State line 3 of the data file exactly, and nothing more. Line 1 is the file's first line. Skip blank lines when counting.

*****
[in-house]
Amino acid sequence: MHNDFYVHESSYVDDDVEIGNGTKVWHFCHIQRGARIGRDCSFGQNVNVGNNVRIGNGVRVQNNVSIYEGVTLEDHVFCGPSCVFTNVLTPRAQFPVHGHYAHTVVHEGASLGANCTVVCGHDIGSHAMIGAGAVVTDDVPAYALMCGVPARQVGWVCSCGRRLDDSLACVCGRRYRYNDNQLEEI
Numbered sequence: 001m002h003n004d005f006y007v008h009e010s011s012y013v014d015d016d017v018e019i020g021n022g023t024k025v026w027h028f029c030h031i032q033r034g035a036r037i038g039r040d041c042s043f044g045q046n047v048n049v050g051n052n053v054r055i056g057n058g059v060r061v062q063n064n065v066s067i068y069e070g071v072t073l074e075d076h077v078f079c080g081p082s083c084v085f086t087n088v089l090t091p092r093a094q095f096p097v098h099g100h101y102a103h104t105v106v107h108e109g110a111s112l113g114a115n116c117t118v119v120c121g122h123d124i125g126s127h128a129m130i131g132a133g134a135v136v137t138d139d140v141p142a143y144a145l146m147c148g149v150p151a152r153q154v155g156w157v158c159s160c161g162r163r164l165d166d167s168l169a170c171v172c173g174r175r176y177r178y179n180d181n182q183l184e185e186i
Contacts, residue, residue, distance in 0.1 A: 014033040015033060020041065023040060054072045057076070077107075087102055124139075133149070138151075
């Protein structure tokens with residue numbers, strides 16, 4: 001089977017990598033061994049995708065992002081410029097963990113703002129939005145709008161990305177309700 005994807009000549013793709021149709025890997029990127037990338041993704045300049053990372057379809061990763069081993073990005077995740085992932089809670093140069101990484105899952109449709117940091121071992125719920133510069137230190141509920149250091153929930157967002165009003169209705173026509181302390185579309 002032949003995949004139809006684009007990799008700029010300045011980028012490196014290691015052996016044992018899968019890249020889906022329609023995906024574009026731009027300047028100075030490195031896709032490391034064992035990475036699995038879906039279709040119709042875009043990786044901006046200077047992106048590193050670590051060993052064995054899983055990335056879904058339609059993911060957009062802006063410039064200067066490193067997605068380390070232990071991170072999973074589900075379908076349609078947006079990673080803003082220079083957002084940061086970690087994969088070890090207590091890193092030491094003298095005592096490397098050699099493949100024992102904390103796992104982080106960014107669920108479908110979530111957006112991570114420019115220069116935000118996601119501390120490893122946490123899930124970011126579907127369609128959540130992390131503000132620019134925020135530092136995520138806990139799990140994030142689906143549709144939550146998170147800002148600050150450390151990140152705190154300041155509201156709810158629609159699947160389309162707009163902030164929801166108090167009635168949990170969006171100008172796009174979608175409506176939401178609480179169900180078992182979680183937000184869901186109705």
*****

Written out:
Numbered sequence: 001m002h003n004d005f006y007v008h009e010s011s012y013v014d015d016d017v018e019i020g021n022g023t024k025v026w027h028f029c030h031i032q033r034g035a036r037i038g039r040d041c042s043f044g045q046n047v048n049v050g051n052n053v054r055i056g057n058g059v060r061v062q063n064n065v066s067i068y069e070g071v072t073l074e075d076h077v078f079c080g081p082s083c084v085f086t087n088v089l090t091p092r093a094q095f096p097v098h099g100h101y102a103h104t105v106v107h108e109g110a111s112l113g114a115n116c117t118v119v120c121g122h123d124i125g126s127h128a129m130i131g132a133g134a135v136v137t138d139d140v141p142a143y144a145l146m147c148g149v150p151a152r153q154v155g156w157v158c159s160c161g162r163r164l165d166d167s168l169a170c171v172c173g174r175r176y177r178y179n180d181n182q183l184e185e186i